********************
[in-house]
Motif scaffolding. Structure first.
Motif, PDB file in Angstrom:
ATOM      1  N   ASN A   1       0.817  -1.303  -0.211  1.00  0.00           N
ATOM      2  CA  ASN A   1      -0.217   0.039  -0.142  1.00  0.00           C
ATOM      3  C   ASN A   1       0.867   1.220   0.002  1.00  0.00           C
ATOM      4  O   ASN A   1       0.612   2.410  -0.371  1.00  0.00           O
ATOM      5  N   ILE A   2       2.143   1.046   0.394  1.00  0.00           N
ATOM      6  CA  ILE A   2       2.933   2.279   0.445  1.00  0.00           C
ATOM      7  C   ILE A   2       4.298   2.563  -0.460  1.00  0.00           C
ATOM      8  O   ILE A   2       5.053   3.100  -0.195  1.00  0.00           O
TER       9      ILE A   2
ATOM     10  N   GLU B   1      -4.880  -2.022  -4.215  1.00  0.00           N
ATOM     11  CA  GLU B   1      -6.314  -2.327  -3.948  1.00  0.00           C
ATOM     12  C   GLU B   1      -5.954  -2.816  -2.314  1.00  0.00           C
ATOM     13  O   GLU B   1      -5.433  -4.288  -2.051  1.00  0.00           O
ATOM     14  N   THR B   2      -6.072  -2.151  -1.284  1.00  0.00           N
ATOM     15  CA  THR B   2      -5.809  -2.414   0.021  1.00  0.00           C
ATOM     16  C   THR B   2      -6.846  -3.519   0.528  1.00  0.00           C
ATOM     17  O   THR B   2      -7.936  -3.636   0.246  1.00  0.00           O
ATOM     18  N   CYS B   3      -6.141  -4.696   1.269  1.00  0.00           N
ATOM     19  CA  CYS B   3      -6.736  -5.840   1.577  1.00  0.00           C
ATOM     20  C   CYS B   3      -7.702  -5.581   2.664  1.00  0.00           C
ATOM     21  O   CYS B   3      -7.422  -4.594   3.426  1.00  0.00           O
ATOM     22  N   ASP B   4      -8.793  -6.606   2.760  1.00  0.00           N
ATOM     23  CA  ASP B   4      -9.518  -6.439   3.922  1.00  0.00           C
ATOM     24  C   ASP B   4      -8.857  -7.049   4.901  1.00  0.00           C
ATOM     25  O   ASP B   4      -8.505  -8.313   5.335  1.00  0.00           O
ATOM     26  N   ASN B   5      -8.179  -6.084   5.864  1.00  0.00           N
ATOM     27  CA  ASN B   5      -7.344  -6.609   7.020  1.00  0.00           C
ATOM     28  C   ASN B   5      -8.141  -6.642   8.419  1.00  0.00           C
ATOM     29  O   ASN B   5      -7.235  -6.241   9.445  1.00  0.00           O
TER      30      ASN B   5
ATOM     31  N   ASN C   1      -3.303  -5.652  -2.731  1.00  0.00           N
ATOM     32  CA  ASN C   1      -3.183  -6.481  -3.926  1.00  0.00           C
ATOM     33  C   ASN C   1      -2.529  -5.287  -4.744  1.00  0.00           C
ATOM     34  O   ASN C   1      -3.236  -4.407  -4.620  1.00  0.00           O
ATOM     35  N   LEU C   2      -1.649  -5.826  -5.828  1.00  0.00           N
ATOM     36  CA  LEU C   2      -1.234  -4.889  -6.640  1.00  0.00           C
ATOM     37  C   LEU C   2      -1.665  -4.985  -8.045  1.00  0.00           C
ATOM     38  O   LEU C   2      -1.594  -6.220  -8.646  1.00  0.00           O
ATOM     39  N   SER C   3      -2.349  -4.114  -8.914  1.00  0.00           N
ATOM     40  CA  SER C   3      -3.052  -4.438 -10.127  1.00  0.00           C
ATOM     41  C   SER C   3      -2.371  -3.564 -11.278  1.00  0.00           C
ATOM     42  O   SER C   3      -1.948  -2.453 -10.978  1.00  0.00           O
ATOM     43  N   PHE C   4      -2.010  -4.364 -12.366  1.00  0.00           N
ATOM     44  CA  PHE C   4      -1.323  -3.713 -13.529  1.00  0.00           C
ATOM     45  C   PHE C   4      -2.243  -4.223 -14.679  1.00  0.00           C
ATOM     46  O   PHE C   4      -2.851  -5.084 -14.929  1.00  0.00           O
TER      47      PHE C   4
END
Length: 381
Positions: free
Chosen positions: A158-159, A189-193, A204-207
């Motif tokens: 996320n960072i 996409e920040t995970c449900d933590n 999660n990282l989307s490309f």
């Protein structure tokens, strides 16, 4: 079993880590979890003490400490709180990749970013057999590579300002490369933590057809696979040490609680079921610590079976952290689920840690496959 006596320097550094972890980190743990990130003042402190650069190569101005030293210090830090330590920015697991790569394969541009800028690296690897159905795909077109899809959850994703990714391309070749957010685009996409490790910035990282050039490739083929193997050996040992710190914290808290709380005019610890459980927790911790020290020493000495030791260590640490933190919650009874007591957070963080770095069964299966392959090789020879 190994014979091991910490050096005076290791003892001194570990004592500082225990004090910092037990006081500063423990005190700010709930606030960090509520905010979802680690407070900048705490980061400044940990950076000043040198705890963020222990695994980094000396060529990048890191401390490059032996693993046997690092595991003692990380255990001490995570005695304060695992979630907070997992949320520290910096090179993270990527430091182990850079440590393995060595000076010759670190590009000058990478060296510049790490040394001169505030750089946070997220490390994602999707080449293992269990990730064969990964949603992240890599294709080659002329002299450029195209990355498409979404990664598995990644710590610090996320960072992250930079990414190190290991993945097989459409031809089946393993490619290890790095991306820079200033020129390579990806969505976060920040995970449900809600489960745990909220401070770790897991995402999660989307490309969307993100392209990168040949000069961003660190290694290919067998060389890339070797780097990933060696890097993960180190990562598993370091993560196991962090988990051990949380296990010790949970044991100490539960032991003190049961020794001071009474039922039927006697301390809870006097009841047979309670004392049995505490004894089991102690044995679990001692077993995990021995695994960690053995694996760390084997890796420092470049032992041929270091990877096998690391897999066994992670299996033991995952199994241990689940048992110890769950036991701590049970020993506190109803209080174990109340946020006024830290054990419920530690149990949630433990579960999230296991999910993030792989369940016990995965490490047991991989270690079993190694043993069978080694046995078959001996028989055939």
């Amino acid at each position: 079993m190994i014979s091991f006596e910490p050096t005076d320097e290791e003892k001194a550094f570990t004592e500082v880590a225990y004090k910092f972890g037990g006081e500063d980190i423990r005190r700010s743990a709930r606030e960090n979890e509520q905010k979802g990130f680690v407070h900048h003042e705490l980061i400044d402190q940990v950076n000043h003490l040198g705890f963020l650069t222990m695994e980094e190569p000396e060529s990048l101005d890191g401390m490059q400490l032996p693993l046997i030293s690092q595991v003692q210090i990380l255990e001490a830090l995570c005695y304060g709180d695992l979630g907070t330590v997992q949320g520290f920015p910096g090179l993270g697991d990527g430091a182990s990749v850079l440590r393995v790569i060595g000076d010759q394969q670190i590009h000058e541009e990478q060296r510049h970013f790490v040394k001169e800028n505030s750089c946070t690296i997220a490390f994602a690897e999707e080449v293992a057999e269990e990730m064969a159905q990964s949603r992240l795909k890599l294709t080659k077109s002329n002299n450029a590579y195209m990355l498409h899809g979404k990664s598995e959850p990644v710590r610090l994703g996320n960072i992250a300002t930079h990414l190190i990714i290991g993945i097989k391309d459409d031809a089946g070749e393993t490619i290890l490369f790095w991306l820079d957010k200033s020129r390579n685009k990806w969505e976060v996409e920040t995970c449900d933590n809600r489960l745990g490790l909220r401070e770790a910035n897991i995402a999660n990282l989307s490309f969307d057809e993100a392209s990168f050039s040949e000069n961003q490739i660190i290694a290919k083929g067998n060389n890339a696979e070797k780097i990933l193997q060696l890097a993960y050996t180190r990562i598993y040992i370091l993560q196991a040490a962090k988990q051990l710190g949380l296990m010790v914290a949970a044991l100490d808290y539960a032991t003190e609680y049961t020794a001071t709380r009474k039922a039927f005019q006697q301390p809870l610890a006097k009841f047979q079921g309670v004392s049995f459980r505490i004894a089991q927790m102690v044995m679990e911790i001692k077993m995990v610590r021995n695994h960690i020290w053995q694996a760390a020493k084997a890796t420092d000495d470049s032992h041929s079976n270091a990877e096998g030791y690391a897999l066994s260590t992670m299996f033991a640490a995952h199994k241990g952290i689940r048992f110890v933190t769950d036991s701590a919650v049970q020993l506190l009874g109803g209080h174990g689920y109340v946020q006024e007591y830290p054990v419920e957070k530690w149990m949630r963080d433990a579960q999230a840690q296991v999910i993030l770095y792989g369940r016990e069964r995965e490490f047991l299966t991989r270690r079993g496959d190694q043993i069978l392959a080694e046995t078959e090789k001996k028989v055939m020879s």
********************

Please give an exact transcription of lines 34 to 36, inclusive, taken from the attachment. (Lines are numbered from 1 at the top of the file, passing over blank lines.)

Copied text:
ATOM     31  N   ASN C   1      -3.303  -5.652  -2.731  1.00  0.00           N
ATOM     32  CA  ASN C   1      -3.183  -6.481  -3.926  1.00  0.00           C
ATOM     33  C   ASN C   1      -2.529  -5.287  -4.744  1.00  0.00           C